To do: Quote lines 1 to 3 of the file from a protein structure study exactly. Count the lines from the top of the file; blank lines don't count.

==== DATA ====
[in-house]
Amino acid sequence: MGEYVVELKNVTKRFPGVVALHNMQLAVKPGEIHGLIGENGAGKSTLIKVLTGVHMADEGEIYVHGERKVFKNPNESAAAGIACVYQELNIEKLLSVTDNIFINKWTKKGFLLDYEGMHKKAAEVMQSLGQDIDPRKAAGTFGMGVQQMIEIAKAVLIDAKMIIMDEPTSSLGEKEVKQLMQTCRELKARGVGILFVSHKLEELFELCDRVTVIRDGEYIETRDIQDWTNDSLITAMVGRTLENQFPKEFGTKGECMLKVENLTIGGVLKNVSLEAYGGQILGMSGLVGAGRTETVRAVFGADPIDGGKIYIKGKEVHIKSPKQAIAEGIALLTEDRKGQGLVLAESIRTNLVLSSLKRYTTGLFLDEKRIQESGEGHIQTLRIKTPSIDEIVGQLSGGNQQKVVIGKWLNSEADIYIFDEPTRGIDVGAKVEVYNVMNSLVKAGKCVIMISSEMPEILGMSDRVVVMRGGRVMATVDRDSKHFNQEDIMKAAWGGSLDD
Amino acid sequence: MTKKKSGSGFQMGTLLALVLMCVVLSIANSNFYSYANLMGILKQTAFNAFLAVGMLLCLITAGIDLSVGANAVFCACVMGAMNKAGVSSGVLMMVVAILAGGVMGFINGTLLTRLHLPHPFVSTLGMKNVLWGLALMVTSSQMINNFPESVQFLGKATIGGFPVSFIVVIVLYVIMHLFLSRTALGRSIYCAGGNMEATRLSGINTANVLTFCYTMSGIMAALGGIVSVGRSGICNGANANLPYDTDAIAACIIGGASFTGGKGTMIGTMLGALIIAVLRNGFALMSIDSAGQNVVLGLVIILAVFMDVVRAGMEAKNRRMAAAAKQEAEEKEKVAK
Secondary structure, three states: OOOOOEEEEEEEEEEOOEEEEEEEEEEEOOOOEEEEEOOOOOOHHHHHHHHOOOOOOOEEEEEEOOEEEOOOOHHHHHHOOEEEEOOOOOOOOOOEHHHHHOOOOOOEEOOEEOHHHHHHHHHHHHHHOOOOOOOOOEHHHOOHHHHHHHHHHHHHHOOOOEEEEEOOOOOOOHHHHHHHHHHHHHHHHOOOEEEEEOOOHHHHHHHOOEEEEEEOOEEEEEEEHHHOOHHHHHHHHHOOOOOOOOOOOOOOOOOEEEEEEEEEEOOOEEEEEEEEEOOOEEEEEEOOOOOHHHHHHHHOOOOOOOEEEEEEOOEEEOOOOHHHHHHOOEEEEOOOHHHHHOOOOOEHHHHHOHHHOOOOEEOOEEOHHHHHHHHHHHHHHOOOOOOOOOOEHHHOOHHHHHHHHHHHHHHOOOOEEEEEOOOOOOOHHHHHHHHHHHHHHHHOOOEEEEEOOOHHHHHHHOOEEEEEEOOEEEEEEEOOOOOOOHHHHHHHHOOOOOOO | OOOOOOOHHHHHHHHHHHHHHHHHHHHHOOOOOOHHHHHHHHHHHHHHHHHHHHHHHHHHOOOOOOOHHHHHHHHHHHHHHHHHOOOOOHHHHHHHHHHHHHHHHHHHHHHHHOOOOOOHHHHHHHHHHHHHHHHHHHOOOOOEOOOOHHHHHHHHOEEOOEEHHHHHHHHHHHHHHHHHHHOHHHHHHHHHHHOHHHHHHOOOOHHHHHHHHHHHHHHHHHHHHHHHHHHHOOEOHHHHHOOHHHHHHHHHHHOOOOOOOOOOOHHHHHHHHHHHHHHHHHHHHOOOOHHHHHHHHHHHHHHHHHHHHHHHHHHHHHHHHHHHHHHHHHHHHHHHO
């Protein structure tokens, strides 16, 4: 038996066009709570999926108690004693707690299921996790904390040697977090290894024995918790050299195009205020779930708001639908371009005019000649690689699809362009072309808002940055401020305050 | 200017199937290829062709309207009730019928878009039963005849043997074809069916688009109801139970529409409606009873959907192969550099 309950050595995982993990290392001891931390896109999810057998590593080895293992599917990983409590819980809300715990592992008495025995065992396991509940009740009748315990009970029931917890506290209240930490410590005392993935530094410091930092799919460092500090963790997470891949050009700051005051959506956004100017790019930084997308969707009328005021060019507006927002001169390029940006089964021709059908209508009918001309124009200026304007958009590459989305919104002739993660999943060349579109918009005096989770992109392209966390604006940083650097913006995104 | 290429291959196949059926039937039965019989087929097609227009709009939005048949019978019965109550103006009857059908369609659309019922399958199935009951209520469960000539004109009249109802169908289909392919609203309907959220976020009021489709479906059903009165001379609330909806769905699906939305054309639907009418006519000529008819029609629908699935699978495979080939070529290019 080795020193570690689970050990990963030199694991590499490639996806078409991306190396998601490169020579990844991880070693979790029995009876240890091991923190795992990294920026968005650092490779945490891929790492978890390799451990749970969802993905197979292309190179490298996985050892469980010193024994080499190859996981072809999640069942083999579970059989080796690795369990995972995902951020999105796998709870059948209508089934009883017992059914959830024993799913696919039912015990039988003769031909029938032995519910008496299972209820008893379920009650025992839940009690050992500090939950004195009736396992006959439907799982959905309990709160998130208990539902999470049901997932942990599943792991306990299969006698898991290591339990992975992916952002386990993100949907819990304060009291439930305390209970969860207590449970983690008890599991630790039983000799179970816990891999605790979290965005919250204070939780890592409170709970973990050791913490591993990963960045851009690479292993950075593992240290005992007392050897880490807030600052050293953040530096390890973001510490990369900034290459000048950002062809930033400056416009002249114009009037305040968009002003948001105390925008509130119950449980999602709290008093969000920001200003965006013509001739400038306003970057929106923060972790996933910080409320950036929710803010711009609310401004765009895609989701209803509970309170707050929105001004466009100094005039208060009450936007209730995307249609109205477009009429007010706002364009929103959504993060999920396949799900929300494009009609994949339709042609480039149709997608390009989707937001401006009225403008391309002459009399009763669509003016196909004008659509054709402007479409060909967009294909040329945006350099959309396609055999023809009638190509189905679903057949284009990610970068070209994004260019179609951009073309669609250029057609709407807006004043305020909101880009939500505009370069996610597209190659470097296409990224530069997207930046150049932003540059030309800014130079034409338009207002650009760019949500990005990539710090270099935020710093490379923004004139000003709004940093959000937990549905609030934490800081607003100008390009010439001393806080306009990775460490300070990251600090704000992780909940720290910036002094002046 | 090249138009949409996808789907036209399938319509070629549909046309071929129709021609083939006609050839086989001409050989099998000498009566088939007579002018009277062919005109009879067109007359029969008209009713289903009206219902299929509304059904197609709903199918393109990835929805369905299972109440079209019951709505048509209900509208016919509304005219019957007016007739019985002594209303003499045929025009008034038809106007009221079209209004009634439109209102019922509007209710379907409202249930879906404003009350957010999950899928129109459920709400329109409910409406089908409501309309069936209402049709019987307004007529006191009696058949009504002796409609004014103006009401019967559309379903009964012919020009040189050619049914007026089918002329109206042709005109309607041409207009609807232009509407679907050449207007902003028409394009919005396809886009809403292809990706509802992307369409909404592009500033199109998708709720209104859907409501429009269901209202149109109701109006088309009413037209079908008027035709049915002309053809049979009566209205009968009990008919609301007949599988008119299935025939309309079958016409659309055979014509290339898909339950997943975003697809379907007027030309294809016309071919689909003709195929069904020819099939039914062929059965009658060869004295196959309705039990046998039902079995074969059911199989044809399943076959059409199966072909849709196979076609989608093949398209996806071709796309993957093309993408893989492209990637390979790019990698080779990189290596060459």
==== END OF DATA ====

[in-house]
Amino acid sequence: MGEYVVELKNVTKRFPGVVALHNMQLAVKPGEIHGLIGENGAGKSTLIKVLTGVHMADEGEIYVHGERKVFKNPNESAAAGIACVYQELNIEKLLSVTDNIFINKWTKKGFLLDYEGMHKKAAEVMQSLGQDIDPRKAAGTFGMGVQQMIEIAKAVLIDAKMIIMDEPTSSLGEKEVKQLMQTCRELKARGVGILFVSHKLEELFELCDRVTVIRDGEYIETRDIQDWTNDSLITAMVGRTLENQFPKEFGTKGECMLKVENLTIGGVLKNVSLEAYGGQILGMSGLVGAGRTETVRAVFGADPIDGGKIYIKGKEVHIKSPKQAIAEGIALLTEDRKGQGLVLAESIRTNLVLSSLKRYTTGLFLDEKRIQESGEGHIQTLRIKTPSIDEIVGQLSGGNQQKVVIGKWLNSEADIYIFDEPTRGIDVGAKVEVYNVMNSLVKAGKCVIMISSEMPEILGMSDRVVVMRGGRVMATVDRDSKHFNQEDIMKAAWGGSLDD
Amino acid sequence: MTKKKSGSGFQMGTLLALVLMCVVLSIANSNFYSYANLMGILKQTAFNAFLAVGMLLCLITAGIDLSVGANAVFCACVMGAMNKAGVSSGVLMMVVAILAGGVMGFINGTLLTRLHLPHPFVSTLGMKNVLWGLALMVTSSQMINNFPESVQFLGKATIGGFPVSFIVVIVLYVIMHLFLSRTALGRSIYCAGGNMEATRLSGINTANVLTFCYTMSGIMAALGGIVSVGRSGICNGANANLPYDTDAIAACIIGGASFTGGKGTMIGTMLGALIIAVLRNGFALMSIDSAGQNVVLGLVIILAVFMDVVRAGMEAKNRRMAAAAKQEAEEKEKVAK